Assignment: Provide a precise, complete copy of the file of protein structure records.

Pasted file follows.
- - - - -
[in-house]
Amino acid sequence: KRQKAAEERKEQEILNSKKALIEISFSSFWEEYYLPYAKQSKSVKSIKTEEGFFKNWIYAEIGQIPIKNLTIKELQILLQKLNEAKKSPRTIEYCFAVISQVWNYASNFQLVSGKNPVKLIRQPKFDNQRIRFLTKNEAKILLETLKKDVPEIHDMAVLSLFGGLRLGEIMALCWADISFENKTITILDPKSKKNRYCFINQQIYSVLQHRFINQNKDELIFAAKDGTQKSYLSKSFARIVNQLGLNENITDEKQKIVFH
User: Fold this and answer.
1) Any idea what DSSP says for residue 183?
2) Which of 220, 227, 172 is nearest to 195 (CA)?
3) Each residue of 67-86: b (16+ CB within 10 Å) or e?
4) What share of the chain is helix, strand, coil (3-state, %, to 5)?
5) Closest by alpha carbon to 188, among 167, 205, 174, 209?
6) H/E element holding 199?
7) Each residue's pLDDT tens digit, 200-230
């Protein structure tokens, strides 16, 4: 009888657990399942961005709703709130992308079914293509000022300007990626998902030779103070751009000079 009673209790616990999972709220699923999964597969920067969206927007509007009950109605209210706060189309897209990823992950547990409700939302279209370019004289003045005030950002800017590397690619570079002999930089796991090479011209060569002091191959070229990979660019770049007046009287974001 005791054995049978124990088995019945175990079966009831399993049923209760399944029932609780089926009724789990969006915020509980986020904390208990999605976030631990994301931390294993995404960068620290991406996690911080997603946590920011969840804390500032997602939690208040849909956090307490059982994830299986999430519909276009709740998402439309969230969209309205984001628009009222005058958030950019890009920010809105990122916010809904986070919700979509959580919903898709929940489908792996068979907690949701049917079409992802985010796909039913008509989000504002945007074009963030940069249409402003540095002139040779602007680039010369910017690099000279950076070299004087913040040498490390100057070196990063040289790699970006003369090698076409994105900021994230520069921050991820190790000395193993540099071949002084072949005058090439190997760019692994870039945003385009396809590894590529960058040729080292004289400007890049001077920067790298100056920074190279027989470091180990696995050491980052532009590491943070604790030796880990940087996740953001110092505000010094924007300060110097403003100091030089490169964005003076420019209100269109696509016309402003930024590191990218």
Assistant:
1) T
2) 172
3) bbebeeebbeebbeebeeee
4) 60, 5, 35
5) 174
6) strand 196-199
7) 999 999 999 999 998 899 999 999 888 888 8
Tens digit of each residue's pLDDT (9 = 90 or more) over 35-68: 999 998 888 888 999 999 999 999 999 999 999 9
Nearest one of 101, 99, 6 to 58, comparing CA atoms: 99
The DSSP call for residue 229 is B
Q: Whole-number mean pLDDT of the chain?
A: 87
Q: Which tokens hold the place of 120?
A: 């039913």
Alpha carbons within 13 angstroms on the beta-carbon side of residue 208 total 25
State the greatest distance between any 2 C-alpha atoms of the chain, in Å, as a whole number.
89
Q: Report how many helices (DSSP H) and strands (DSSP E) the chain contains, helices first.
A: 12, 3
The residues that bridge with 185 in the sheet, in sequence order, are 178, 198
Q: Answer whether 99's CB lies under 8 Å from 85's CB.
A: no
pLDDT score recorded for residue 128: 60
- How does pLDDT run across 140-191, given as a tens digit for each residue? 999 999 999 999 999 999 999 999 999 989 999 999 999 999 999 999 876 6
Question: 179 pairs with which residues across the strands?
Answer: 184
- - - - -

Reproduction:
[in-house]
Amino acid sequence: KRQKAAEERKEQEILNSKKALIEISFSSFWEEYYLPYAKQSKSVKSIKTEEGFFKNWIYAEIGQIPIKNLTIKELQILLQKLNEAKKSPRTIEYCFAVISQVWNYASNFQLVSGKNPVKLIRQPKFDNQRIRFLTKNEAKILLETLKKDVPEIHDMAVLSLFGGLRLGEIMALCWADISFENKTITILDPKSKKNRYCFINQQIYSVLQHRFINQNKDELIFAAKDGTQKSYLSKSFARIVNQLGLNENITDEKQKIVFH
User: Fold this and answer.
1) Any idea what DSSP says for residue 183?
2) Which of 220, 227, 172 is nearest to 195 (CA)?
3) Each residue of 67-86: b (16+ CB within 10 Å) or e?
4) What share of the chain is helix, strand, coil (3-state, %, to 5)?
5) Closest by alpha carbon to 188, among 167, 205, 174, 209?
6) H/E element holding 199?
7) Each residue's pLDDT tens digit, 200-230
């Protein structure tokens, strides 16, 4: 009888657990399942961005709703709130992308079914293509000022300007990626998902030779103070751009000079 009673209790616990999972709220699923999964597969920067969206927007509007009950109605209210706060189309897209990823992950547990409700939302279209370019004289003045005030950002800017590397690619570079002999930089796991090479011209060569002091191959070229990979660019770049007046009287974001 005791054995049978124990088995019945175990079966009831399993049923209760399944029932609780089926009724789990969006915020509980986020904390208990999605976030631990994301931390294993995404960068620290991406996690911080997603946590920011969840804390500032997602939690208040849909956090307490059982994830299986999430519909276009709740998402439309969230969209309205984001628009009222005058958030950019890009920010809105990122916010809904986070919700979509959580919903898709929940489908792996068979907690949701049917079409992802985010796909039913008509989000504002945007074009963030940069249409402003540095002139040779602007680039010369910017690099000279950076070299004087913040040498490390100057070196990063040289790699970006003369090698076409994105900021994230520069921050991820190790000395193993540099071949002084072949005058090439190997760019692994870039945003385009396809590894590529960058040729080292004289400007890049001077920067790298100056920074190279027989470091180990696995050491980052532009590491943070604790030796880990940087996740953001110092505000010094924007300060110097403003100091030089490169964005003076420019209100269109696509016309402003930024590191990218």
Assistant:
1) T
2) 172
3) bbebeeebbeebbeebeeee
4) 60, 5, 35
5) 174
6) strand 196-199
7) 999 999 999 999 998 899 999 999 888 888 8
Tens digit of each residue's pLDDT (9 = 90 or more) over 35-68: 999 998 888 888 999 999 999 999 999 999 999 9
Nearest one of 101, 99, 6 to 58, comparing CA atoms: 99
The DSSP call for residue 229 is B
Q: Whole-number mean pLDDT of the chain?
A: 87
Q: Which tokens hold the place of 120?
A: 């039913």
Alpha carbons within 13 angstroms on the beta-carbon side of residue 208 total 25
State the greatest distance between any 2 C-alpha atoms of the chain, in Å, as a whole number.
89
Q: Report how many helices (DSSP H) and strands (DSSP E) the chain contains, helices first.
A: 12, 3
The residues that bridge with 185 in the sheet, in sequence order, are 178, 198
Q: Answer whether 99's CB lies under 8 Å from 85's CB.
A: no
pLDDT score recorded for residue 128: 60
- How does pLDDT run across 140-191, given as a tens digit for each residue? 999 999 999 999 999 999 999 999 999 989 999 999 999 999 999 999 876 6
Question: 179 pairs with which residues across the strands?
Answer: 184